It’s no secret that obesity is a major health hazard. However, many fad weight-loss methods—self-starvation, substituting vitamin pills for real food, smoking or taking unprescribed amphetamines to suppress the appetite—are just as unhealthy or more so. For the vast majority of people, the best way to lose weight is simply to stay physically active, eat a healthy diet with limits on empty-calorie foods—and keep these as long-term habits so unnecessary weight stays off.
It does happen, though, that someone is dangerously overweight and, for one reason or another, the standard weight-loss approach is impractical. In which case, the doctor may prescribe a weight-loss drug or recommend bariatric surgery (an operation to make the stomach smaller, so a person feels full sooner and takes in fewer calories).
The Basics of Gastric Surgery
The four most common forms of bariatric (“gastric”) surgery are:
- Gastric bypass surgery, which involves removing and/or stapling off a portion of the stomach, then repositioning the small intestine to direct food through the resulting “pouch.” Besides providing a smaller stomach and a faster sensation of “fullness,” this has a “malabsorptive” effect on gut bacteria, keeping some potentially fattening nutrients from entering the body tissues. The operation is reversible, but only through another complicated surgical procedure (typically undertaken only under extreme circumstances), and side effects such as reflux disease or chronic diarrhea may be permanent.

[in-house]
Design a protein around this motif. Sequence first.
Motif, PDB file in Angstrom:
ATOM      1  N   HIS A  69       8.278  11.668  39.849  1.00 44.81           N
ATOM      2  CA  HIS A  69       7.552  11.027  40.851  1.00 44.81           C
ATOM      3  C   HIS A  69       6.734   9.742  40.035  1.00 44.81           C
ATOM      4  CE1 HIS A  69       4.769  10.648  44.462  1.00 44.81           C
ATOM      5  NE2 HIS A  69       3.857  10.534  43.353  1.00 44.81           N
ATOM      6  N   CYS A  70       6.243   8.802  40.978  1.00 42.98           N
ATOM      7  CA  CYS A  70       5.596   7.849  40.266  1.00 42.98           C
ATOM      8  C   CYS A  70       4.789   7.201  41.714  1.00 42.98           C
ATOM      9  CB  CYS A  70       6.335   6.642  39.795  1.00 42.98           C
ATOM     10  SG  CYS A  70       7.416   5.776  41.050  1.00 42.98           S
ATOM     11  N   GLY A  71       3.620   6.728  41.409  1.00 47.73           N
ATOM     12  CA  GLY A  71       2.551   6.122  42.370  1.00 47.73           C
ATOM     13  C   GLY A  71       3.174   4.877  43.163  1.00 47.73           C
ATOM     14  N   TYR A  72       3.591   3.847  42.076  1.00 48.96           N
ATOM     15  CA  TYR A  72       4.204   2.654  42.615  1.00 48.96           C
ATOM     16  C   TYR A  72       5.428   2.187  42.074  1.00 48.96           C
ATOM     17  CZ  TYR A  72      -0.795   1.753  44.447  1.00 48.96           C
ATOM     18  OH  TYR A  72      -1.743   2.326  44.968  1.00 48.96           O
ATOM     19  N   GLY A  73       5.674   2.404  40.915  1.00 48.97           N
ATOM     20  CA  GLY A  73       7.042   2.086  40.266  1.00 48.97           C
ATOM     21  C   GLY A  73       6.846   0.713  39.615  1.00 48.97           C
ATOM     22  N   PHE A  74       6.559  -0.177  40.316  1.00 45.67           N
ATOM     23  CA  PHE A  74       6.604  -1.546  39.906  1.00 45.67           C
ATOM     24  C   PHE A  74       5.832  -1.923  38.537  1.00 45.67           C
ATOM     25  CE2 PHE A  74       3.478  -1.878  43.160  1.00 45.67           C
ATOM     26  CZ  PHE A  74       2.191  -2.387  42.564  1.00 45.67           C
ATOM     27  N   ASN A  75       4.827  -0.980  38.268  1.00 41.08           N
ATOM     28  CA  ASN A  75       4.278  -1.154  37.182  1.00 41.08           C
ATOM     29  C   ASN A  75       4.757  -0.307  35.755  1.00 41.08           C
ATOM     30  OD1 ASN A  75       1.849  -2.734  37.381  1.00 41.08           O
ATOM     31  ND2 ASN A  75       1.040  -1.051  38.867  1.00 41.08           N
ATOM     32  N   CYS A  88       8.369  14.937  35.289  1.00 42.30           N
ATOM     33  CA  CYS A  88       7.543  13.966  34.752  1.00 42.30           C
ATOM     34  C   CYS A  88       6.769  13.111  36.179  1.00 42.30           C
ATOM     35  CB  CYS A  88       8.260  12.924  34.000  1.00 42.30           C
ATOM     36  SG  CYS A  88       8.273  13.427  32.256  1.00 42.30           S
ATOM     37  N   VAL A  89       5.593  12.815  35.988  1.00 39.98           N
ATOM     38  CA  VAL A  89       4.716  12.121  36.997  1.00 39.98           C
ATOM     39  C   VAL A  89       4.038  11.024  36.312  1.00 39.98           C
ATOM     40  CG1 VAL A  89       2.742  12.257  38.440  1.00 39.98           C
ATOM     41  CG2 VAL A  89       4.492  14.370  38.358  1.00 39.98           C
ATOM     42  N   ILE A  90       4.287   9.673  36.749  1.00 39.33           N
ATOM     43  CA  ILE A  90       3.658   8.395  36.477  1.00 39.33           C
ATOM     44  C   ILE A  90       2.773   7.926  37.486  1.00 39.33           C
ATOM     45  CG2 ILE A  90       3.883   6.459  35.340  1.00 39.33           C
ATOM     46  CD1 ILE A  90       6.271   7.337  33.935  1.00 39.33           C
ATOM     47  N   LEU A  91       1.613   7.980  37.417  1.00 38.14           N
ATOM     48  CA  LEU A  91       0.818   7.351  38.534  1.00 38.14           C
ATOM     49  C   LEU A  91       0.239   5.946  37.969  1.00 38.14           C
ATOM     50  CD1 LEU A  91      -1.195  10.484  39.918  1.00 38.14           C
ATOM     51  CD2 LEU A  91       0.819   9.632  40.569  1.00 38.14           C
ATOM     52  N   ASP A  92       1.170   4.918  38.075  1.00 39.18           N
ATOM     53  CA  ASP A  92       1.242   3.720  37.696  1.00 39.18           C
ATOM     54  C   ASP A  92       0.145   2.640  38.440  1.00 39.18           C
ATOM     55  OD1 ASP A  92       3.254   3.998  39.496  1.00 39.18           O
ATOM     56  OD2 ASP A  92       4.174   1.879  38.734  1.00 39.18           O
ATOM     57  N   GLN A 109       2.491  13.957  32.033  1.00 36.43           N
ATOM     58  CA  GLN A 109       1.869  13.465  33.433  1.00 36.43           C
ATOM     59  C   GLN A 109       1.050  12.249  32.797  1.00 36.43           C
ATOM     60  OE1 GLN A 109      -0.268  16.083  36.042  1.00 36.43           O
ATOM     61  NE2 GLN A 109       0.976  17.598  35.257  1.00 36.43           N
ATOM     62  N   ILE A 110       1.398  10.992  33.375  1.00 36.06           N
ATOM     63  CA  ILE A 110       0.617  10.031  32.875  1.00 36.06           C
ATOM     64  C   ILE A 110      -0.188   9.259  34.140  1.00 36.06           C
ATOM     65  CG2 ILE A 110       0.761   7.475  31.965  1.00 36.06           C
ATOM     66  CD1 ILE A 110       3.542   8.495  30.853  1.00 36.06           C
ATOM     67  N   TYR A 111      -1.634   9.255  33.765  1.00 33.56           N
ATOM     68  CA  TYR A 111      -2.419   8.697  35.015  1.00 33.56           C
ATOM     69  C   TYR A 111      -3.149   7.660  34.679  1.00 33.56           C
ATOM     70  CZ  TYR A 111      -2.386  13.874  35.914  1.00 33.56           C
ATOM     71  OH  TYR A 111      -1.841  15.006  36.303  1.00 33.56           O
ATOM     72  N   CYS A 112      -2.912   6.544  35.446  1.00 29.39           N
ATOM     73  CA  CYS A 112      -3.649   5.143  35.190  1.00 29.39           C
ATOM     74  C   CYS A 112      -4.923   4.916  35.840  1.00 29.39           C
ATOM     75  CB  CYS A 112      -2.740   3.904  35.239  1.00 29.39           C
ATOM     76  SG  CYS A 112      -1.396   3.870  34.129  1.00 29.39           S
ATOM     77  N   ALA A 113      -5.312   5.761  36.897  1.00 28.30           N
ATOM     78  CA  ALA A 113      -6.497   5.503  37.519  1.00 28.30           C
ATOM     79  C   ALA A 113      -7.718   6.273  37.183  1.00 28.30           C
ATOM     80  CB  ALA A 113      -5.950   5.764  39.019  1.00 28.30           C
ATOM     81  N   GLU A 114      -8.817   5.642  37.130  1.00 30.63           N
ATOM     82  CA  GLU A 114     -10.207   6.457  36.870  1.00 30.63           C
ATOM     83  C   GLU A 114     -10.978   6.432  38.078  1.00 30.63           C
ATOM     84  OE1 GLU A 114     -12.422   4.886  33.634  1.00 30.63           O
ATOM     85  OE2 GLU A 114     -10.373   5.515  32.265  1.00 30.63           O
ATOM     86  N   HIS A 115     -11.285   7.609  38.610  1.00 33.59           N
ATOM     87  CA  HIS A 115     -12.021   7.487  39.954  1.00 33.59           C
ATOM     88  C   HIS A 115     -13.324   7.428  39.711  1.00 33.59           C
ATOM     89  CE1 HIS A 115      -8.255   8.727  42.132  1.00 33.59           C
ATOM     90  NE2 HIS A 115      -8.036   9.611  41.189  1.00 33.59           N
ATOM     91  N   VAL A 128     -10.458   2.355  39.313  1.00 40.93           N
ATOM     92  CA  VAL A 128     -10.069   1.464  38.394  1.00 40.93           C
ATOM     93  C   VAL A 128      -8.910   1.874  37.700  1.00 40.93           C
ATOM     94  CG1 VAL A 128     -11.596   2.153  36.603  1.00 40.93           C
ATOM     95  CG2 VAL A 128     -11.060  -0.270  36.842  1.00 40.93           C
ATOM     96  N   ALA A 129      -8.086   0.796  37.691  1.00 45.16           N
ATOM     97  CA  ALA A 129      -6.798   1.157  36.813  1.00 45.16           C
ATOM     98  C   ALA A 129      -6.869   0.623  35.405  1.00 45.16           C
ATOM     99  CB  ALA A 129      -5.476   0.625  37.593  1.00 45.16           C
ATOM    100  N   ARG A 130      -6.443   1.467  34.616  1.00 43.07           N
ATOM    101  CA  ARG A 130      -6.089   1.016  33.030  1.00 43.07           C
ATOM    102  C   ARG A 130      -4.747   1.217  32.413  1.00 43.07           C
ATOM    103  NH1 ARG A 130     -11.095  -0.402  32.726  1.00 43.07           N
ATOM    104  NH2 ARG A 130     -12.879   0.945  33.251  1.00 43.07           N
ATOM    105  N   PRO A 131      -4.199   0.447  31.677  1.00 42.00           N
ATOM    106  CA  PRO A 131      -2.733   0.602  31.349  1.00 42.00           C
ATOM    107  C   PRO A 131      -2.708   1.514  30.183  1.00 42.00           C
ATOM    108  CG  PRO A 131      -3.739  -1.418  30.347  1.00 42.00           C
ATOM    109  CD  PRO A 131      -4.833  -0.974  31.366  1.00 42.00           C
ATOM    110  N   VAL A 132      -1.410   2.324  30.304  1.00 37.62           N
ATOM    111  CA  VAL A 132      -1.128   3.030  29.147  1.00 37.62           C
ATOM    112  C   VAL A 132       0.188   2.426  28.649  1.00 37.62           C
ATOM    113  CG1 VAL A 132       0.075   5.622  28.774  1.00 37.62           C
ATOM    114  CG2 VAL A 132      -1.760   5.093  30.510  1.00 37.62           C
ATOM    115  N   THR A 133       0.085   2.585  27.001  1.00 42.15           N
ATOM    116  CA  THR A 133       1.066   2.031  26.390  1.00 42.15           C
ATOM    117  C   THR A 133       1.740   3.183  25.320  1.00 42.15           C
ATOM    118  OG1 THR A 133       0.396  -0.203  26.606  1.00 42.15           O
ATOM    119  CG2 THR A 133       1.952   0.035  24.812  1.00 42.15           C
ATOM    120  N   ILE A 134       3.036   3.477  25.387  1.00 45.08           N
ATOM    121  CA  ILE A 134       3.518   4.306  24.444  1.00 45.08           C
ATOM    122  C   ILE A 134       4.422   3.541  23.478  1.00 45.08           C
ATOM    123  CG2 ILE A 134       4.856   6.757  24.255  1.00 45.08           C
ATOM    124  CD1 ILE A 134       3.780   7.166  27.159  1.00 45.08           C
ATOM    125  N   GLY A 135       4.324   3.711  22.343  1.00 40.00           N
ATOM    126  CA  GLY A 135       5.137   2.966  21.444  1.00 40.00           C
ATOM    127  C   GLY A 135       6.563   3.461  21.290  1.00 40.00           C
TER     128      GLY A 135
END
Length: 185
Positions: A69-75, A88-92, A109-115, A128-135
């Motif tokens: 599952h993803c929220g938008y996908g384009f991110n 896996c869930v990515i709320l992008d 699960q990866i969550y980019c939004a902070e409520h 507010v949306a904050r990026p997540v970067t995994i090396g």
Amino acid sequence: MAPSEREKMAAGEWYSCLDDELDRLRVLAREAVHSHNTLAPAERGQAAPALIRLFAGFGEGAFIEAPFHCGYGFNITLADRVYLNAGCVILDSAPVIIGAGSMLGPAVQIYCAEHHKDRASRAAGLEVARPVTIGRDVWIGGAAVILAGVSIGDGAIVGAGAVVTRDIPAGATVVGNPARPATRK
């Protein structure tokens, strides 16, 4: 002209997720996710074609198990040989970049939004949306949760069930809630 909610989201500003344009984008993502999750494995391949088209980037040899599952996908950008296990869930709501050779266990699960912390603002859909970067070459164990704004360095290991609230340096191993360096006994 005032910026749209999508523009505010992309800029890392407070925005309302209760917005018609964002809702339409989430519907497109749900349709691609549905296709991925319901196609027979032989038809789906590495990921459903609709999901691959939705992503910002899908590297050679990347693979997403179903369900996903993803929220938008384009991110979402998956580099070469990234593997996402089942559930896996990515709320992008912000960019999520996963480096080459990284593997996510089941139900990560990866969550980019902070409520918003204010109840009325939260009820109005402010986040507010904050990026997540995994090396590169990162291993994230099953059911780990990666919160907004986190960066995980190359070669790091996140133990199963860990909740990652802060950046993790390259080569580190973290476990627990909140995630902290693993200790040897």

- Gastric sleeve, which accounts for roughly 60 percent of weight-loss surgeries performed since 2016, completely removes up to 85 percent of the stomach and staples the remainder shut. It involves fewer organs than gastric bypass and does not cause malabsorption. However, it is not a reversible operation. (Gastric sleeve surgery is sometimes the “opening act” for the considerably more complicated BPD/DS operation—biliopancreatic diversion with duodenal switch—which follows the sleeve surgery with a malabsorptive bypass around the small intestine.)
- Gastric banding uses an inflatable band to seal off the lower part of the stomach, leaving a small channel that slows the passage of food. It is relatively easy to adjust the band’s size and to reverse the operation. However, the “feeling full” advantages are limited, many people find the band painful, and it is less effective than other methods for inducing lasting weight loss. Banding accounts for only a tiny percentage of gastric surgeries: it works best for people who need extra incentive to practice slower eating.
- Intragastric balloon surgery involves implanting a saline-filled silicone balloon in the stomach by way of the esophagus, to provide “feeling full” benefits without the risks of more invasive surgery or the discomforts of gastric banding. Unlike the other options on this list, an intragastric balloon is deliberately designed to be temporary—removed after about six months, at which time it may or may not be replaced.